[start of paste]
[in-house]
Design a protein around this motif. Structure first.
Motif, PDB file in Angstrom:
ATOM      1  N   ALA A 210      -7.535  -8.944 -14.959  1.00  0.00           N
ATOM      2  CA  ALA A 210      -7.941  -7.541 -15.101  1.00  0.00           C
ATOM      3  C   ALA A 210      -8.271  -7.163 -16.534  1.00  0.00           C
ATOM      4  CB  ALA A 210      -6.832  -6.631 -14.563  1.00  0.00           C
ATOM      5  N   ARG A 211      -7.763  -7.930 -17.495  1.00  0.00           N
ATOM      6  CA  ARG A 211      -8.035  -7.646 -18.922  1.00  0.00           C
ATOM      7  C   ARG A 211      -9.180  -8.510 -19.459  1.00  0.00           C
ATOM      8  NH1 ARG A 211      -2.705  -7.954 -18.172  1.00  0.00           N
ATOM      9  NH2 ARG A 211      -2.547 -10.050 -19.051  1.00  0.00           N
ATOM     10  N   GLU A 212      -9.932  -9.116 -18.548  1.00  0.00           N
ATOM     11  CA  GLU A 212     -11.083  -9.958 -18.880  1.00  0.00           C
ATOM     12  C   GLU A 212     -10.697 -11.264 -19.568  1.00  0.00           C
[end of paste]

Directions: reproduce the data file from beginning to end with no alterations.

[in-house]
Design a protein around this motif. Structure first.
Motif, PDB file in Angstrom:
ATOM      1  N   ALA A 210      -7.535  -8.944 -14.959  1.00  0.00           N
ATOM      2  CA  ALA A 210      -7.941  -7.541 -15.101  1.00  0.00           C
ATOM      3  C   ALA A 210      -8.271  -7.163 -16.534  1.00  0.00           C
ATOM      4  CB  ALA A 210      -6.832  -6.631 -14.563  1.00  0.00           C
ATOM      5  N   ARG A 211      -7.763  -7.930 -17.495  1.00  0.00           N
ATOM      6  CA  ARG A 211      -8.035  -7.646 -18.922  1.00  0.00           C
ATOM      7  C   ARG A 211      -9.180  -8.510 -19.459  1.00  0.00           C
ATOM      8  NH1 ARG A 211      -2.705  -7.954 -18.172  1.00  0.00           N
ATOM      9  NH2 ARG A 211      -2.547 -10.050 -19.051  1.00  0.00           N
ATOM     10  N   GLU A 212      -9.932  -9.116 -18.548  1.00  0.00           N
ATOM     11  CA  GLU A 212     -11.083  -9.958 -18.880  1.00  0.00           C
ATOM     12  C   GLU A 212     -10.697 -11.264 -19.568  1.00  0.00           C